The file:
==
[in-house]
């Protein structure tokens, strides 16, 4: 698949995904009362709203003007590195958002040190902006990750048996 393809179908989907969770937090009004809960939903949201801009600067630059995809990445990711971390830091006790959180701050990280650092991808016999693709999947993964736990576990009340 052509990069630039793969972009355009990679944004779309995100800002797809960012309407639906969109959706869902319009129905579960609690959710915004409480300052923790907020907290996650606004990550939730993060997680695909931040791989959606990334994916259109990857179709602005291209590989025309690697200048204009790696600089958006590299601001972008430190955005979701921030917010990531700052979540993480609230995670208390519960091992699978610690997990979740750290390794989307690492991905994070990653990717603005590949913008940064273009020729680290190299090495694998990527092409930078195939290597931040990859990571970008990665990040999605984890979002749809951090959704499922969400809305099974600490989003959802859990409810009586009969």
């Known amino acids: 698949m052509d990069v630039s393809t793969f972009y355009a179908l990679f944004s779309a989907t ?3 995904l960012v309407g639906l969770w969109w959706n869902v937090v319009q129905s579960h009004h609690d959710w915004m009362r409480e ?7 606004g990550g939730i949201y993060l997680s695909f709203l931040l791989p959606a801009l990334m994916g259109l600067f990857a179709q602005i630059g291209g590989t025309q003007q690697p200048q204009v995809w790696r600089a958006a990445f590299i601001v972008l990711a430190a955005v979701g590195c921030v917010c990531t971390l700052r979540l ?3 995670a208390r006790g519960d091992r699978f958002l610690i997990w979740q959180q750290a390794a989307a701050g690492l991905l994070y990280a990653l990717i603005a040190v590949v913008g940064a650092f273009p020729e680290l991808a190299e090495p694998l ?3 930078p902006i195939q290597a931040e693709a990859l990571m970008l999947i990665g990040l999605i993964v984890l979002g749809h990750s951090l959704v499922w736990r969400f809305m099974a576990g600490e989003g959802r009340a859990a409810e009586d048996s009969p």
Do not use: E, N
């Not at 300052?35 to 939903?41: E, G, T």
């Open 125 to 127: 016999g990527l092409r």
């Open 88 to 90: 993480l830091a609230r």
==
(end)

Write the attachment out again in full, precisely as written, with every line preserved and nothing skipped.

[in-house]
């Protein structure tokens, strides 16, 4: 698949995904009362709203003007590195958002040190902006990750048996 393809179908989907969770937090009004809960939903949201801009600067630059995809990445990711971390830091006790959180701050990280650092991808016999693709999947993964736990576990009340 052509990069630039793969972009355009990679944004779309995100800002797809960012309407639906969109959706869902319009129905579960609690959710915004409480300052923790907020907290996650606004990550939730993060997680695909931040791989959606990334994916259109990857179709602005291209590989025309690697200048204009790696600089958006590299601001972008430190955005979701921030917010990531700052979540993480609230995670208390519960091992699978610690997990979740750290390794989307690492991905994070990653990717603005590949913008940064273009020729680290190299090495694998990527092409930078195939290597931040990859990571970008990665990040999605984890979002749809951090959704499922969400809305099974600490989003959802859990409810009586009969």
């Known amino acids: 698949m052509d990069v630039s393809t793969f972009y355009a179908l990679f944004s779309a989907t ?3 995904l960012v309407g639906l969770w969109w959706n869902v937090v319009q129905s579960h009004h609690d959710w915004m009362r409480e ?7 606004g990550g939730i949201y993060l997680s695909f709203l931040l791989p959606a801009l990334m994916g259109l600067f990857a179709q602005i630059g291209g590989t025309q003007q690697p200048q204009v995809w790696r600089a958006a990445f590299i601001v972008l990711a430190a955005v979701g590195c921030v917010c990531t971390l700052r979540l ?3 995670a208390r006790g519960d091992r699978f958002l610690i997990w979740q959180q750290a390794a989307a701050g690492l991905l994070y990280a990653l990717i603005a040190v590949v913008g940064a650092f273009p020729e680290l991808a190299e090495p694998l ?3 930078p902006i195939q290597a931040e693709a990859l990571m970008l999947i990665g990040l999605i993964v984890l979002g749809h990750s951090l959704v499922w736990r969400f809305m099974a576990g600490e989003g959802r009340a859990a409810e009586d048996s009969p």
Do not use: E, N
């Not at 300052?35 to 939903?41: E, G, T």
């Open 125 to 127: 016999g990527l092409r």
């Open 88 to 90: 993480l830091a609230r």